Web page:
The Sod Busters: The Small Family Farmer and North Carolina Agriculture 1920-2001
By Elizabeth A. Fenn, Peter H. Wood, Harry L. Watson, Thomas H. Clayton, Sydney Nathans, Thomas C. Parramore, and Jean B. Anderson; Maps by Mark Anderson Moore. Edited by Joe A. Mobley. From The Way We Lived in North Carolina, 2003. Published by the North Carolina Office of Research and History in association with the University of North Carolina Press. Republished in NCpedia by permission.
See also: The Way We Lived in North Carolina: Introduction; Part II: An Independent People, North Carolina, 1770-1820; Part III: Close to the Land, North Carolina, 1820-1870; Part IV The Quest for Progress: North Carolina 1870-1920; Part V: Express Lanes and Country Roads, North Carolina 1920-2001
Subsisting on the land: "Hog and Hominy" Days
Following World War II, nostalgia had transformed the hardships and deprivation of the depressed years between the two world wars into "hog and hominy days," when sturdy yeoman families lived contentedly on the simple abundance of nature. Old-timers in an urban and industrial age remember with special fondness the farm barns of their adolescence, the big cornfields, the vast cribs where the corn was stored, and aromatic smokehouses in which corn-fed pork was cured. During the depression years, as in earlier times, cattle and hogs foraged for themselves in woods and fields and returned in the evening to the high-pitched summons of the cattle call and "coor pig" that resounded across bucolic distances. In the fall, hogs were penned and fattened on "slops" from the kitchen, sweet potatoes, and such corn as was unfit for either people or cattle.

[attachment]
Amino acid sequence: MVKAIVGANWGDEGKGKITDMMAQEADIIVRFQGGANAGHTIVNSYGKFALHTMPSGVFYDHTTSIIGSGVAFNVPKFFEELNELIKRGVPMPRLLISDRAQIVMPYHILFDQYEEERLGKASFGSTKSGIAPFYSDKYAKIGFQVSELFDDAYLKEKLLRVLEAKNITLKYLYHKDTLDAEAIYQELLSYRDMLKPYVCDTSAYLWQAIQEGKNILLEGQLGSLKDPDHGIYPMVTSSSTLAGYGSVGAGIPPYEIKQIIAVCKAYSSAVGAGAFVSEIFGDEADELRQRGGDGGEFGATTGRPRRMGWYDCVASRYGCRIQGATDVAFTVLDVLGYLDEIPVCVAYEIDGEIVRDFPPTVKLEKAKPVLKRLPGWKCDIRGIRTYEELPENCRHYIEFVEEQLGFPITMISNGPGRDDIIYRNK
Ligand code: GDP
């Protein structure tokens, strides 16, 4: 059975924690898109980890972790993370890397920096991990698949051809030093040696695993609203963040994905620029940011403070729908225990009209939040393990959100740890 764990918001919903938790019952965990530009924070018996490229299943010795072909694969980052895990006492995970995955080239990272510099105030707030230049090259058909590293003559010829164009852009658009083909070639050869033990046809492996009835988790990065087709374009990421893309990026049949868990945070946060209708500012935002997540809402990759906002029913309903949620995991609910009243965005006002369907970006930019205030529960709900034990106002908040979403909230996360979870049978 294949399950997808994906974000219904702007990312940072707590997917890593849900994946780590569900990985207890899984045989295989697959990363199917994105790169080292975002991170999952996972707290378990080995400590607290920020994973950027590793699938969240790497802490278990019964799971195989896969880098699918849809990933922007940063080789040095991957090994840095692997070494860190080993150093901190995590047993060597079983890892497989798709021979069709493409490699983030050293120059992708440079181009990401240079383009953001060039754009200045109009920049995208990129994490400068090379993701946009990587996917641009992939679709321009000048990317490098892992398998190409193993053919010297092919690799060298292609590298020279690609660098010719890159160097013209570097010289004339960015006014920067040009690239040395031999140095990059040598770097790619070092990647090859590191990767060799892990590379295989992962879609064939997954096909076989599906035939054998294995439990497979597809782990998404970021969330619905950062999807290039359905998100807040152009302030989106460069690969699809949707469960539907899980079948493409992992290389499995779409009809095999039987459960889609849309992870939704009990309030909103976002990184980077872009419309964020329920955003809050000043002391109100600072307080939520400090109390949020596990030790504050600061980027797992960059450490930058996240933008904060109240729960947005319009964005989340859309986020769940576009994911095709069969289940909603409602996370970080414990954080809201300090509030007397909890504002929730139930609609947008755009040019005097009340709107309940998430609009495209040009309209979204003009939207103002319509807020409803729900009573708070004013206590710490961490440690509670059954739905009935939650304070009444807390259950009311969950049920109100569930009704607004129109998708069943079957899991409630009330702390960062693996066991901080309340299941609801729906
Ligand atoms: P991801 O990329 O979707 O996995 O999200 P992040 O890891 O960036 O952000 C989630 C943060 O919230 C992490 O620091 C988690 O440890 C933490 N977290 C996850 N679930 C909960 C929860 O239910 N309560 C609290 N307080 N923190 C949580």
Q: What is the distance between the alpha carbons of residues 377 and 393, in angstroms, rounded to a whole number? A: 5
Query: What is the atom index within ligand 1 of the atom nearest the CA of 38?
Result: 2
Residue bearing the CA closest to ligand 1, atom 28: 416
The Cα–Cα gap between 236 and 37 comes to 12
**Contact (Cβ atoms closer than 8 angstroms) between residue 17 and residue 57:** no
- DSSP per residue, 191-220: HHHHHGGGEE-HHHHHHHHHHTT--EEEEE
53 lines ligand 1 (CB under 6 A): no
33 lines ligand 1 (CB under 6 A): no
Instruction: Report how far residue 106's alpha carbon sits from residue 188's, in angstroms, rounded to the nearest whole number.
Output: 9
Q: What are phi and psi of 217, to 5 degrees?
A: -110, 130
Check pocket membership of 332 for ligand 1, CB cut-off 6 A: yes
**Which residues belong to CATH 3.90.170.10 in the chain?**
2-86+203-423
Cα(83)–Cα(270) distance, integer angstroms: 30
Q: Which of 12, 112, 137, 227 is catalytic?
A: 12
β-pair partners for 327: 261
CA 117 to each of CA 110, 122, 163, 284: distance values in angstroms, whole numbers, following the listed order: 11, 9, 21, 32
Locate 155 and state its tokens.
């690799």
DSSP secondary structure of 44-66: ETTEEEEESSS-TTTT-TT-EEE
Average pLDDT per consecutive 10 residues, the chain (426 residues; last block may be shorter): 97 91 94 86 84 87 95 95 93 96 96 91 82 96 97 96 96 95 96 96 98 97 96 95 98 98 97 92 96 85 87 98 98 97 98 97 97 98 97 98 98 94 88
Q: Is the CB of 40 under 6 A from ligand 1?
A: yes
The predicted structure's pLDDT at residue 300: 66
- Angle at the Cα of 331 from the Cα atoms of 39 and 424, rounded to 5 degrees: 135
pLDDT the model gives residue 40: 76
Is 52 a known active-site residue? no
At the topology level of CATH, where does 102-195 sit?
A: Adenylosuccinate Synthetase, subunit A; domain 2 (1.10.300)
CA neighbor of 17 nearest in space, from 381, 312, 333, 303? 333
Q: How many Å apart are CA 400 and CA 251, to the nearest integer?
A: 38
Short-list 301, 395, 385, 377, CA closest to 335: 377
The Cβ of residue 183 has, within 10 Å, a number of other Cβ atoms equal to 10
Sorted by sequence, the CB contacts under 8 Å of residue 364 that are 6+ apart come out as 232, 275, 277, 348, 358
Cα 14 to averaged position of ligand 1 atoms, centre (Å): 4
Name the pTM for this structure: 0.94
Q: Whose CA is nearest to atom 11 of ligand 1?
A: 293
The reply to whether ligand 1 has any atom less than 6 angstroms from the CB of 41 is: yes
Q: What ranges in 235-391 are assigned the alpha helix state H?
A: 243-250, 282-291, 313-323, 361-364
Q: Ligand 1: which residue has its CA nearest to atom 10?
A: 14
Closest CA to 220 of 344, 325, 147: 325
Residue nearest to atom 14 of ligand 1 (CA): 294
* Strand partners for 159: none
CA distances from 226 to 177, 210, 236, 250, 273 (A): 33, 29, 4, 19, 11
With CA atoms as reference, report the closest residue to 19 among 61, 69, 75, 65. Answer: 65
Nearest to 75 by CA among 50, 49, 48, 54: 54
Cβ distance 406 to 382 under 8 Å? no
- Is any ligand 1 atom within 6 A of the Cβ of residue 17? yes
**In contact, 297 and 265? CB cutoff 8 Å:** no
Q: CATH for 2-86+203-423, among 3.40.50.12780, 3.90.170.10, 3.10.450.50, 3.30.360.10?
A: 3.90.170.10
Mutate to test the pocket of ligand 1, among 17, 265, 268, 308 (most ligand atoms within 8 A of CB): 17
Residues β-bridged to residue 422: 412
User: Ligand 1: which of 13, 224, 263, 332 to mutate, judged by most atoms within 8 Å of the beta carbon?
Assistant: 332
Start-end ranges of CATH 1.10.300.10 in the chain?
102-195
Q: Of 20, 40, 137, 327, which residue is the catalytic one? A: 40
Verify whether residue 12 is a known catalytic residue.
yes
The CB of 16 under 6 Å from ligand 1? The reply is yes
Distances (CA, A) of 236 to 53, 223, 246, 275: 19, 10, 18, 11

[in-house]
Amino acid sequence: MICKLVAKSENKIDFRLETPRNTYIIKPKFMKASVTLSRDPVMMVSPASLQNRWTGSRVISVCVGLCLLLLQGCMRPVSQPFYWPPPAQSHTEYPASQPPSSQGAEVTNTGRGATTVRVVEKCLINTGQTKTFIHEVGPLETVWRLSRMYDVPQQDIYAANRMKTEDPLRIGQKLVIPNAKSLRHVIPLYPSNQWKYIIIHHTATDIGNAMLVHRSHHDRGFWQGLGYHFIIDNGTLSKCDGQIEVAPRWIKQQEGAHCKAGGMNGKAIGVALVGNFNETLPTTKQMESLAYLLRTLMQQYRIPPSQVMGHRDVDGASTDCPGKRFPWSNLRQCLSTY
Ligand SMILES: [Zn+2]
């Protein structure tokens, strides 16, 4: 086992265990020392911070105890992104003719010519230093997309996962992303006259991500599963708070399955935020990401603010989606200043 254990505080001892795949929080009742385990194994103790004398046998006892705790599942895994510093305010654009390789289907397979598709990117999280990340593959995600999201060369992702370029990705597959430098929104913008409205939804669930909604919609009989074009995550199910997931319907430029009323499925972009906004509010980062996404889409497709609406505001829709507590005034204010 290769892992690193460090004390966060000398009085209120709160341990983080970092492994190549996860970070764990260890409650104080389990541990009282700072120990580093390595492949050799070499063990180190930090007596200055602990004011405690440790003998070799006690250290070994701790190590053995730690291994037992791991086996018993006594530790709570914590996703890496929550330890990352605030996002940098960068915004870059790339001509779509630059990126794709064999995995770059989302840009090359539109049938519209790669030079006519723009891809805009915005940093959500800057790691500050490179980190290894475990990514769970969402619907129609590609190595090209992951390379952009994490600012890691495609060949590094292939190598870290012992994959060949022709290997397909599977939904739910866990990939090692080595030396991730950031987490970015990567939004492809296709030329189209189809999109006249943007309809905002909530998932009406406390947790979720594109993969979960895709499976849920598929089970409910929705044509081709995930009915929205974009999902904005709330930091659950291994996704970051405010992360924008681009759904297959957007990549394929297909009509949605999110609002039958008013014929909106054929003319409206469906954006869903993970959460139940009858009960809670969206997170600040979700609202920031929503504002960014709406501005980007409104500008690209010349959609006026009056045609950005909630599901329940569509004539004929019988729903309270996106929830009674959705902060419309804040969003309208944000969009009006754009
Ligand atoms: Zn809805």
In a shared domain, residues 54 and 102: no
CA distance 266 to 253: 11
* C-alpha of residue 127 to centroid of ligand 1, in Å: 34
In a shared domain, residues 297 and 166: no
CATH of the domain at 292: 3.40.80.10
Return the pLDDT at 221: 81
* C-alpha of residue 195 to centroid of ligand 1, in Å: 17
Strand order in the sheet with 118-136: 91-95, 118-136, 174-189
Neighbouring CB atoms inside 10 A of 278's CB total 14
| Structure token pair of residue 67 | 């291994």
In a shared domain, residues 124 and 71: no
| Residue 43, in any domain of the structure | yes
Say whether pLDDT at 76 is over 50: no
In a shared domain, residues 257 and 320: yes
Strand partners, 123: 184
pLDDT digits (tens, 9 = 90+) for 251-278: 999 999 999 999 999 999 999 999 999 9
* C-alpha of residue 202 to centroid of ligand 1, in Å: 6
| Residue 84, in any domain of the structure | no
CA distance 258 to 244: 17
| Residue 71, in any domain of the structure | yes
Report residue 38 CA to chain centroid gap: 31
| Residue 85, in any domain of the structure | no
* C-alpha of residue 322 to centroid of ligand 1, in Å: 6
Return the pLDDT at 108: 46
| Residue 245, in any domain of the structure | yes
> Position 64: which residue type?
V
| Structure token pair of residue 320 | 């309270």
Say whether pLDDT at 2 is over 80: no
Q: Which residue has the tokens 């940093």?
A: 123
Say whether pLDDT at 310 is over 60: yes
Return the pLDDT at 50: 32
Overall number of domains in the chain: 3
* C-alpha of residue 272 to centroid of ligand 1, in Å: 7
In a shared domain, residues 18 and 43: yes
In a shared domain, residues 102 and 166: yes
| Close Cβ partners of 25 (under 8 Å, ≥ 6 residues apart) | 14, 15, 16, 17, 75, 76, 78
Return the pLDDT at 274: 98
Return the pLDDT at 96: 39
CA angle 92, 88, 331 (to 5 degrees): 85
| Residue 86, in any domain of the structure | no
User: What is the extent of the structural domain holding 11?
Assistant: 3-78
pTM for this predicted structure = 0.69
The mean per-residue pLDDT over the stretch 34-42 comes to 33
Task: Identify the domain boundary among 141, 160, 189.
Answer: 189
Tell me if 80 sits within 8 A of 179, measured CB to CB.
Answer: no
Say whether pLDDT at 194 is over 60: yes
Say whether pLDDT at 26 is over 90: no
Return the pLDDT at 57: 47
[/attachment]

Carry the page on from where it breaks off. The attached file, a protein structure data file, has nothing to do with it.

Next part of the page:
The careworn sentinels of "hog and hominy" days still dot the countryside of rural North Carolina: old and decayed tobacco barns, the crumbling remains of livestock barns, hogpens, privies, the shells of abandoned dwelling houses. "It's amazing how many tobacco barns you see when you drive through the Carolinas," reported one visitor. "There's several sitting around every house. Looks like everybody there must be a tobacco farmer." The livestock barn usually included a central passageway that separated cow stalls on one side from mule or horse stalls on the other. But the gambrel roof also covered storage space for feed, tools, and machinery. Here cows were milked, horses shod, equipment repaired, sick animals treated. But it was also the place where one might "pull up a bale of hay," as one farm lad recalled it, "just inside the door during a rainstorm and listen to the rain on the roof while you communicated with your soul." It was where children played hide-and-seek or performed rafter acrobatics with the hay as a cushion against any mishap, where dignity was recovered after a personal setback, and, like as not, where love was made.